Televised presidential debates matter, even though most of them are initially watched by fewer people than watch miracle magic household cleanser infomercials.
They matter for numerous reasons, but largely because the remarkable moments from them — mostly the negative ones — are sliced, diced, dissected, played and replayed until they strike the consciousness of the larger public, either directly or obliquely.
In the extreme, there is not only the original encounter and the resulting echo chamber but the springboard for opponents and journalists who take the issue far down the field.
Hillary Clinton had one of those perception-changing encounters at the end of last week's Democratic presidential debate.
Trying as usual to have everything both ways so she can have everything her way, she flubbed the answer to whether she supports giving driver's licenses to illegal aliens. She flubbed the exchanges that followed. She flubbed the victim defense. Her husband flubbed the tag team victim defense. Her campaign flubbed the "clarifying statement" follow-ups.
Mrs. Clinton continues to flub, trying to extricate herself from an impossible situation. In a little-noted CNN interview, the champion of black hole big government seems to be uncharacteristically embracing federalism, saying that providing driver's licenses to illegal aliens should be left up to individual states.
That's not going to fly with the American people. In national polling conducted this week by Rasmussen Reports, 77 percent oppose driver's licenses for people who are in the country illegally. Rasmussen's poll breakdowns are even more remarkable: "Eighty-eight percent (88%) of Republicans oppose giving driver's licenses to undocumented immigrants. So do 68% of Democrats and 75% of those not affiliated with either major political party. There is little difference along gender, age, or income levels."
The driver's license issue is but one glaring marker for all the consternations of the American people over government's decades-long failure to honestly, directly and fairly deal with illegal immigration.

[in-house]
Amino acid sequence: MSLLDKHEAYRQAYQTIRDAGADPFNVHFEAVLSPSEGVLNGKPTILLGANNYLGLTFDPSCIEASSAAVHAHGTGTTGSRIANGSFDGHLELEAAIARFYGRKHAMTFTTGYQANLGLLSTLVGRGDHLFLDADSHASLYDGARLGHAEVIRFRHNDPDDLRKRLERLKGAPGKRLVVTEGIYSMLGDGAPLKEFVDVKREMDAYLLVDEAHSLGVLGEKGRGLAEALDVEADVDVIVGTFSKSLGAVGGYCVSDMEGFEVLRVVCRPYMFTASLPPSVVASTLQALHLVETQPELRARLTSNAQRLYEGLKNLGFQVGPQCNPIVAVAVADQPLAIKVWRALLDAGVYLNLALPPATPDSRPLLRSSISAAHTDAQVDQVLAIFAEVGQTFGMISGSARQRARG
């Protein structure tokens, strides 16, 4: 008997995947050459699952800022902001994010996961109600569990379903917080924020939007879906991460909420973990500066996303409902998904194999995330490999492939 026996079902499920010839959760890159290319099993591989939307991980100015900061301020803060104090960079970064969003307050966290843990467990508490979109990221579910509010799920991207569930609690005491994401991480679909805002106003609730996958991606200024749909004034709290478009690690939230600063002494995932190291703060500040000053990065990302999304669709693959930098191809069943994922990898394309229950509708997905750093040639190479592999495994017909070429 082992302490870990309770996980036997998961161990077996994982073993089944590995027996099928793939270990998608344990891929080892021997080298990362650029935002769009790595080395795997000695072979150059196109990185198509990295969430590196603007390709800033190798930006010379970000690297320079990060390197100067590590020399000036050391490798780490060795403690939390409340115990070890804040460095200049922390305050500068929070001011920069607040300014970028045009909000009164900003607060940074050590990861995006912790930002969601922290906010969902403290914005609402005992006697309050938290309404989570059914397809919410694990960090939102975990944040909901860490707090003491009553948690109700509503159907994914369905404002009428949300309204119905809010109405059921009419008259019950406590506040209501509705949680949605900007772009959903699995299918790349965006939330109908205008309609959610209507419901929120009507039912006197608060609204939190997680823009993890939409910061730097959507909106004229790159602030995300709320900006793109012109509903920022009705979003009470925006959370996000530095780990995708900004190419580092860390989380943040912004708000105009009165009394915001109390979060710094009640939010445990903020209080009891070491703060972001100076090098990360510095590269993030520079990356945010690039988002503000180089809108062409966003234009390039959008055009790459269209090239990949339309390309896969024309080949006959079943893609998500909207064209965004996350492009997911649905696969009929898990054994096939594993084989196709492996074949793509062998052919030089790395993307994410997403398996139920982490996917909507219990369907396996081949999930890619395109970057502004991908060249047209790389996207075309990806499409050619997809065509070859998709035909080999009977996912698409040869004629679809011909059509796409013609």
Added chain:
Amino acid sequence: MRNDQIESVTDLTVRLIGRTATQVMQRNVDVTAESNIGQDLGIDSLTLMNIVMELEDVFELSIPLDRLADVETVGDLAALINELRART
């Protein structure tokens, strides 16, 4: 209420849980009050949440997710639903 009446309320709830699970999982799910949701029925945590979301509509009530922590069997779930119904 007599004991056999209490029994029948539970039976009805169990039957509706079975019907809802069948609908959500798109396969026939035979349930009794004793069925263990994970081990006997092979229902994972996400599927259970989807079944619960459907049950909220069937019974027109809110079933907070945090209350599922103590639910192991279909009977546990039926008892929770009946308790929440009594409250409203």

Those who have followed the political war over illegal immigration well know where Mrs. Clinton stands, as we pointed out last week. By and large, the American people don't yet. But because of one debate flub that will ultimately prove to be devastating as it plays out, they soon will.
No amount of triangulation or dissembling can get Mrs. Clinton right with 77 percent of the American people on this. The "comprehensive immigration reform" euphemism for amnesty that Mrs. Clinton so loves will become a collar around her neck. Taking the position that she "generally" supports driver's licenses for illegal aliens because amnesty for illegal aliens, which she supported, failed, only digs her hole deeper.
There are many observers of political America, but only Michael Barone, the principal co-author of "The Almanac of American Politics," knows it precinct by precinct like the back of his hand. This week, Barone wrote, "October 2007 may turn out to be the month that immigration became a key issue in presidential politics."
Yes, one debate flub can do even that.November 7, 2007
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